A couple of Edinburgh Festivals ago I took a chance on a one-man show called The Tailor of Inverness which turned out to be the best piece of theatre I saw at that year’s Fringe. That one man was actor Matthew Zajac, and the show was incredibly personal, emotional and involving. But this is not the place to review theatre. Zajac has turned the story of The Tailor of Inverness into a book, and I was fascinated to see if his story could move me on the page as it had on the stage.
The book is intensely personal, yet it is one which will speak to every reader to a greater or lesser degree. The titular tailor is Zajac’s father, Mateusz, who came from Poland to reside in Inverness where he cut his cloth accordingly, becoming well integrated as part of the local community, perhaps unsurprisingly focusing on the here and now rather than the past. The play, and now this book, are a result of Matthew’s curiosity about his father’s life before he settled in the Scottish Highlands, and what he uncovered touches on some of the most horrific and tragic times of the twentieth-century.
It’s a terrible cliché to call a person’s tale a ‘journey’, but in this case it is wholly apt. In fact what unfolds is a series of journeys and discoveries as Matthew has to find out not only things which his father wanted to forget, but which much of what was Eastern Europe wants to forget as well. Workcamps, anti-semitism, underage soldiers, Nazism, Stalinism, and all the horrors which were undertaken in the name of those ideologies, are touched upon as Matthew continues to pull on the string that was his father’s secret life, increasingly unsure that he wants to follow where it is taking him.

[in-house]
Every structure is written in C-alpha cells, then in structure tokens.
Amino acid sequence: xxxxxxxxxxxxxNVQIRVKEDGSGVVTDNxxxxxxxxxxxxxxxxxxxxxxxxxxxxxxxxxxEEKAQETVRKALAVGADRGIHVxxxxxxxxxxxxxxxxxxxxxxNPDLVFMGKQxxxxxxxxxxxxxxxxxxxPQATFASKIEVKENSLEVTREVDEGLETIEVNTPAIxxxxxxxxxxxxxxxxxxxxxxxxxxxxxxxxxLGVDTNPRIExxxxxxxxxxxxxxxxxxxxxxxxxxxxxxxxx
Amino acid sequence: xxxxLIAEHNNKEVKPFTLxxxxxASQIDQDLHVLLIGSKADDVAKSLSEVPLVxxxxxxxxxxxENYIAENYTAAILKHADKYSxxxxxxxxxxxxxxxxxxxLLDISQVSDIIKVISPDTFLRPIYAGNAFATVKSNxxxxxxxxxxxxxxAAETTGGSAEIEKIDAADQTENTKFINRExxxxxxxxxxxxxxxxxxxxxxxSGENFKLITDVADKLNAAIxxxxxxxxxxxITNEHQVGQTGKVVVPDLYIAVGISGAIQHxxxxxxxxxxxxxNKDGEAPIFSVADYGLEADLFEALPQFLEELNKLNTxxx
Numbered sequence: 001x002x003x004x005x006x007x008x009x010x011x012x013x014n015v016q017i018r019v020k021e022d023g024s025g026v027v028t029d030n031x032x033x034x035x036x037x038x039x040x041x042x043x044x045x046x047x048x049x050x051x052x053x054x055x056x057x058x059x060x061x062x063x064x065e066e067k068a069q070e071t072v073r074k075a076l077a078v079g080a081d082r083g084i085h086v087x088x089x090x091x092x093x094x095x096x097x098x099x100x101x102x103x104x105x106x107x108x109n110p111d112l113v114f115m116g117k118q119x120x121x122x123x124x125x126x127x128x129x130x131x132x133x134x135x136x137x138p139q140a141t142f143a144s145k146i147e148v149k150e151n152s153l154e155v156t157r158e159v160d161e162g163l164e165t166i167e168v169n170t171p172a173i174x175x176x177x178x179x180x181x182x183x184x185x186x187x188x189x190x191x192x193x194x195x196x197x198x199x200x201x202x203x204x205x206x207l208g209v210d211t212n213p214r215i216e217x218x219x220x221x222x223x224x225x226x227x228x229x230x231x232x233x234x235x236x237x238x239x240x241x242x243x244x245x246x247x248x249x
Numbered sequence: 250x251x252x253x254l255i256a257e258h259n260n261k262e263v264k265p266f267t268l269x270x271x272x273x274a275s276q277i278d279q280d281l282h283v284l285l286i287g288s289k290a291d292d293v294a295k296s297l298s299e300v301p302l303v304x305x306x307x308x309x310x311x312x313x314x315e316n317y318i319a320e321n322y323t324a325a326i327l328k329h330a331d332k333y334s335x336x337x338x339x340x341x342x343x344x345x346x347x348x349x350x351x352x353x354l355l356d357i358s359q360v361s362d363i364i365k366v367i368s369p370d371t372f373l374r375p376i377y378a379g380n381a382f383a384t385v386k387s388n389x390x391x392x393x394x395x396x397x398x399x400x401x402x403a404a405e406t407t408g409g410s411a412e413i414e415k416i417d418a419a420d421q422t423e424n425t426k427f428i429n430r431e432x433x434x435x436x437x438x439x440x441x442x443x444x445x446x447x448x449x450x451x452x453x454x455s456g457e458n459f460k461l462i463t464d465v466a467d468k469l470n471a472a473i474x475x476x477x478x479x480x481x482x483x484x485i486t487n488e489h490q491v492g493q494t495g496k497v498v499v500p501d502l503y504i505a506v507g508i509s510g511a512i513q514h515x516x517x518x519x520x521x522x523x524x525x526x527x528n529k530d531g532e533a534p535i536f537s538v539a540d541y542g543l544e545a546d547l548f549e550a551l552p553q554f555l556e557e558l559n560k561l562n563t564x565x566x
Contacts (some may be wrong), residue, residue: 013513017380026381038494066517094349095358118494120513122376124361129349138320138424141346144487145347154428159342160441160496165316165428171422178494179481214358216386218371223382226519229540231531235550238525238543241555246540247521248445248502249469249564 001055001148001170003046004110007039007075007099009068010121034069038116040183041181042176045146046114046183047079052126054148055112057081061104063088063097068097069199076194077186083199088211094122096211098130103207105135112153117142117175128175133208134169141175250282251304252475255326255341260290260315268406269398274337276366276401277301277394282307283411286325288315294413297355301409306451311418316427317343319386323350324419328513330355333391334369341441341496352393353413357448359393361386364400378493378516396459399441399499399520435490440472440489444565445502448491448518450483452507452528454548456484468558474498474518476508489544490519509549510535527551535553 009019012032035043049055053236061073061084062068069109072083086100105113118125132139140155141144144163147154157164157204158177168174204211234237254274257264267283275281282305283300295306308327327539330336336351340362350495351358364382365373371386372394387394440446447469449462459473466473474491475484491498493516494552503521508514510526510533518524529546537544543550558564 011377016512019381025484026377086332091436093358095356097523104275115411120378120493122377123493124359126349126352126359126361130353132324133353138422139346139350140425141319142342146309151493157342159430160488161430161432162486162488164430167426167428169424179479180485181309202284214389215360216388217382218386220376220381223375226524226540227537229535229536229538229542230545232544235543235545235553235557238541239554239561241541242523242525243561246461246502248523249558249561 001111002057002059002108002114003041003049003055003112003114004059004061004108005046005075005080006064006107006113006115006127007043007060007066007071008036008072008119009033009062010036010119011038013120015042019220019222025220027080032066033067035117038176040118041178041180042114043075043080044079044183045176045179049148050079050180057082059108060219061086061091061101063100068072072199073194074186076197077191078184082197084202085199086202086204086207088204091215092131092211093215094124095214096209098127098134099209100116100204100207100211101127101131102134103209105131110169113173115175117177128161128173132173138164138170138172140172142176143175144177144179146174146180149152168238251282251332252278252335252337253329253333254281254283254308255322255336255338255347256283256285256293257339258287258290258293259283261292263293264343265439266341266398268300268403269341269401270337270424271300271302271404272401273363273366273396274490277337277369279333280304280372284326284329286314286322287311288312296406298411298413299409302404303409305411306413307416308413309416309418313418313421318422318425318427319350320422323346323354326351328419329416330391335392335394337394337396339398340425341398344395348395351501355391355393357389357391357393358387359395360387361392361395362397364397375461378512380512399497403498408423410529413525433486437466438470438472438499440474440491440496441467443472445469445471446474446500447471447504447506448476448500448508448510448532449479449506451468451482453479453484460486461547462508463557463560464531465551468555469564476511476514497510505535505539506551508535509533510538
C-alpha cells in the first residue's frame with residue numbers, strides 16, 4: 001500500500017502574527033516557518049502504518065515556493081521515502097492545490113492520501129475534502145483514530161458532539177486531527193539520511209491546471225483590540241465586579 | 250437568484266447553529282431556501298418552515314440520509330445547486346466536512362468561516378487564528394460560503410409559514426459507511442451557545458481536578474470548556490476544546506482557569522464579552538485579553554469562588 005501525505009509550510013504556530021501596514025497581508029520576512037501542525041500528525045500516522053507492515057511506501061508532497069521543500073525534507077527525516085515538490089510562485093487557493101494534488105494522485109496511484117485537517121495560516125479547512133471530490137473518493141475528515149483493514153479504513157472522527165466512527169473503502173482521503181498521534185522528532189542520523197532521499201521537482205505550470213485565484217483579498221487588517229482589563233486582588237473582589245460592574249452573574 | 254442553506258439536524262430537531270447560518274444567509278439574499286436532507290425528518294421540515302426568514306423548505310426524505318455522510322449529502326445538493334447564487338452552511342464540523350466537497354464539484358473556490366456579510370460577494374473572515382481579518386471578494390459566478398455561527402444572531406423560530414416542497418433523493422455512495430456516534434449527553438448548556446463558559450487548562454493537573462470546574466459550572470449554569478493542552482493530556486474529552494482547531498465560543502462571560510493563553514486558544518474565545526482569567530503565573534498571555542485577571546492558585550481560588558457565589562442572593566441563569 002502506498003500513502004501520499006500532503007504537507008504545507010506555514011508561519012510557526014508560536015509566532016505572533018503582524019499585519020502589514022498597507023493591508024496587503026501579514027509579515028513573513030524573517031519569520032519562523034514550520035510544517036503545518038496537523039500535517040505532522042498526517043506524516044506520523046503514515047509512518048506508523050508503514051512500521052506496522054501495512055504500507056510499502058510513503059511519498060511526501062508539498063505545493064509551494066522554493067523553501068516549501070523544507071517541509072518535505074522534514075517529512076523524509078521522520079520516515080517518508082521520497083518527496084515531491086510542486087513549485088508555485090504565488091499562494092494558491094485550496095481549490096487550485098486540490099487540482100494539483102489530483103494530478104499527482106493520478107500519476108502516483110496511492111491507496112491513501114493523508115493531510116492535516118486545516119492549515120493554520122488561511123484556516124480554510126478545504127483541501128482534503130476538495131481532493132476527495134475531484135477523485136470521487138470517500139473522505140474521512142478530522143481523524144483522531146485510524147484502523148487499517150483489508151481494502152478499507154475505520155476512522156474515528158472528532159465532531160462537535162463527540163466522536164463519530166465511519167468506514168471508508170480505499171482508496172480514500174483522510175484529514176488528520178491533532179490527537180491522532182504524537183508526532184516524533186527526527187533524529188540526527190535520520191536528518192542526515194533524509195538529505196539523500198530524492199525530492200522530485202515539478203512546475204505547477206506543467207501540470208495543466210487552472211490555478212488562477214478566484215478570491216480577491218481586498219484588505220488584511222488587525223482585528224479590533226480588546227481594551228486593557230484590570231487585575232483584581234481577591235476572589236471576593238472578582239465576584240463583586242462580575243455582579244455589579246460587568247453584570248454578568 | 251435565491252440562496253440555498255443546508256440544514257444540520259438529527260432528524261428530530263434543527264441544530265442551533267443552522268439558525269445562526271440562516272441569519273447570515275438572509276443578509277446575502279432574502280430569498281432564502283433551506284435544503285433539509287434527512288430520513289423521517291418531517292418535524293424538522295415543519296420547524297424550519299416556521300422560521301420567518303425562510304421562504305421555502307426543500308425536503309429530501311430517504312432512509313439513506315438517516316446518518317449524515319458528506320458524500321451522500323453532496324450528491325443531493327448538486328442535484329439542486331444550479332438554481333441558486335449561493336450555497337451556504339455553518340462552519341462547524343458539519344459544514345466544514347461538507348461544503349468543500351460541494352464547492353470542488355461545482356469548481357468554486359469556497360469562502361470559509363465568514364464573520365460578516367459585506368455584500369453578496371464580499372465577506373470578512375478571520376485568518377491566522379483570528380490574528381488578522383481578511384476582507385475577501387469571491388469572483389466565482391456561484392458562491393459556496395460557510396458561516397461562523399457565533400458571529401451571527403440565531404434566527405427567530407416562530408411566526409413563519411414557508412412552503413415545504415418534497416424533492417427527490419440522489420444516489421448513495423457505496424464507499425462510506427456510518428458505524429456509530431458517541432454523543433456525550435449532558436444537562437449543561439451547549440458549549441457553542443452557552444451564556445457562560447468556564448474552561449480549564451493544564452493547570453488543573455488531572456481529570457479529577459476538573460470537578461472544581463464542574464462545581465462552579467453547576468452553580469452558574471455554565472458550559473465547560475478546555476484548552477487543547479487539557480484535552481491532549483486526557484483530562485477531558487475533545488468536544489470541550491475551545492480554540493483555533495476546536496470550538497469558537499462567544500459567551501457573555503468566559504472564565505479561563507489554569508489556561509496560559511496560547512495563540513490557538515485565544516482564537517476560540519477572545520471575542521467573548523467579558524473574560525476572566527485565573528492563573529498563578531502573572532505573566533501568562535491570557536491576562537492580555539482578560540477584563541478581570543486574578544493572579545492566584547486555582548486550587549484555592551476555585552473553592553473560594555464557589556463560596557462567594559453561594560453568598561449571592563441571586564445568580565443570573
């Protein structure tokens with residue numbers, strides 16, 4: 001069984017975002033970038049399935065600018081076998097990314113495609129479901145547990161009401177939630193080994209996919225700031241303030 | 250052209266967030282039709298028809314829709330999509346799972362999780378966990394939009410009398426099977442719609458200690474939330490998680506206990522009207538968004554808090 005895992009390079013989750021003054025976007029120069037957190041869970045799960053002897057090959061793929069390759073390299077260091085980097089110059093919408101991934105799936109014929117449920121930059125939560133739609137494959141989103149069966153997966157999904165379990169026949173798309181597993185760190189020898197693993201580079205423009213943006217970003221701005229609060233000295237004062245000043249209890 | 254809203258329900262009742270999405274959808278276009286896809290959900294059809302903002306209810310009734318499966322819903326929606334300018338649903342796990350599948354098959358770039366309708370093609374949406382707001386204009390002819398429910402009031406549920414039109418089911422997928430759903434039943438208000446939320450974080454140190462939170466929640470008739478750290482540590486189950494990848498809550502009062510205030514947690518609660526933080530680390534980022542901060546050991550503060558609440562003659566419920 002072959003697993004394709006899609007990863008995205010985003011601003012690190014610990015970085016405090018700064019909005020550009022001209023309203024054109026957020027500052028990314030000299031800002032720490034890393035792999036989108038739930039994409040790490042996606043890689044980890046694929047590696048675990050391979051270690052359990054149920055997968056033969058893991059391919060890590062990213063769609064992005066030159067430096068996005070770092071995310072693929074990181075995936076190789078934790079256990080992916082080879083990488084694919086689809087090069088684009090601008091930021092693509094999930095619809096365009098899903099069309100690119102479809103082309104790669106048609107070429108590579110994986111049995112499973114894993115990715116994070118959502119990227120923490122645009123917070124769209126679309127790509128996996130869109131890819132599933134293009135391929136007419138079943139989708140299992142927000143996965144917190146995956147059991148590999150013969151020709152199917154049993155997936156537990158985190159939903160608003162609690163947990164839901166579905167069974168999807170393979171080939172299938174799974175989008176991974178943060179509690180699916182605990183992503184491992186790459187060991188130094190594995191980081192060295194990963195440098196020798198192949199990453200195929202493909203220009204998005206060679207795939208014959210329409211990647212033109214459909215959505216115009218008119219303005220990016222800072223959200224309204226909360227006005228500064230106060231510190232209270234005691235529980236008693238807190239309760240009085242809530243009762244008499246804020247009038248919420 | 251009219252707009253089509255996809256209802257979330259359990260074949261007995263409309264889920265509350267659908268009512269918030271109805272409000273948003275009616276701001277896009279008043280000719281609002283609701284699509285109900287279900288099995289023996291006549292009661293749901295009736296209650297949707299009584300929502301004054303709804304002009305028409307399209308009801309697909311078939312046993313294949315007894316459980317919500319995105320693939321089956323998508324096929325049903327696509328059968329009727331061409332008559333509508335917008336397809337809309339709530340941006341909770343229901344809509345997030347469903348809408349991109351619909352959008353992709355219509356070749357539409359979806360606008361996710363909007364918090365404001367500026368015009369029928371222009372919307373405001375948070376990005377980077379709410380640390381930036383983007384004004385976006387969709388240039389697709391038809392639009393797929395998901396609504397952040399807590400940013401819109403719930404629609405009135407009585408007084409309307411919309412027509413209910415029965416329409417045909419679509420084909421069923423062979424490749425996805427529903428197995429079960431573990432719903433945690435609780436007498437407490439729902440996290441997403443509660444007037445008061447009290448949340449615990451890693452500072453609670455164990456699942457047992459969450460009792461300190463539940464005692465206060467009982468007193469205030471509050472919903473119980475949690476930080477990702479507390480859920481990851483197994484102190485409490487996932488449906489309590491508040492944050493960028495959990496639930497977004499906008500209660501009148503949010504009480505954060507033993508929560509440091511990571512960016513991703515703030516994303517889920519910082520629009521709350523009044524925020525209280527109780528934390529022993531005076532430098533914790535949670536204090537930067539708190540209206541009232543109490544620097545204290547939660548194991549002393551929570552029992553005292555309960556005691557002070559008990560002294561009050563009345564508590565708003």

What the book makes clear is that this is Matthew’s story as much as it is his father’s. The latter’s life is put in context by the former’s upbringing, which included biennial holidays to Poland to visit Uncle Adam. His father’s voice is heard in various chapters, which have been transcribed from tape recordings, and here I feel that seeing the play has given me a distinct advantage as I can hear the voice in my head as I read. Where the book definitely triumphs over the play is that you can follow the travails back and forth across Europe, the Middle East and North Africa much easier than could ever be done in a theatre, where all the travel does become a bit of a blur.
The Tailor of Inverness is a tale about a specific family, in the most unusual way, but it is when talking about family that the story comes to life and real emotion is to be found and empathy felt. Our family secrets and lies may not be as extraordinary as Mateusz Zajac’s prove to be, but they might, it’s just that few of us have the inclination to find out, and this book may only convince us that it is better to let such sleeping dogs lie. I won’t say here if Matthew Zajac feels this undertaking was worth it or not, but there is much emotional and familial turmoil along the way. What is clear is that his father’s past became an obsession which gave this actor not only the role of his life, but an unexpected and incredible insight into the man who raised him. It is a life’s work, which you have a feeling is not yet at an end.
*A longer version of this review appeared elsewhere, but it’s a secret…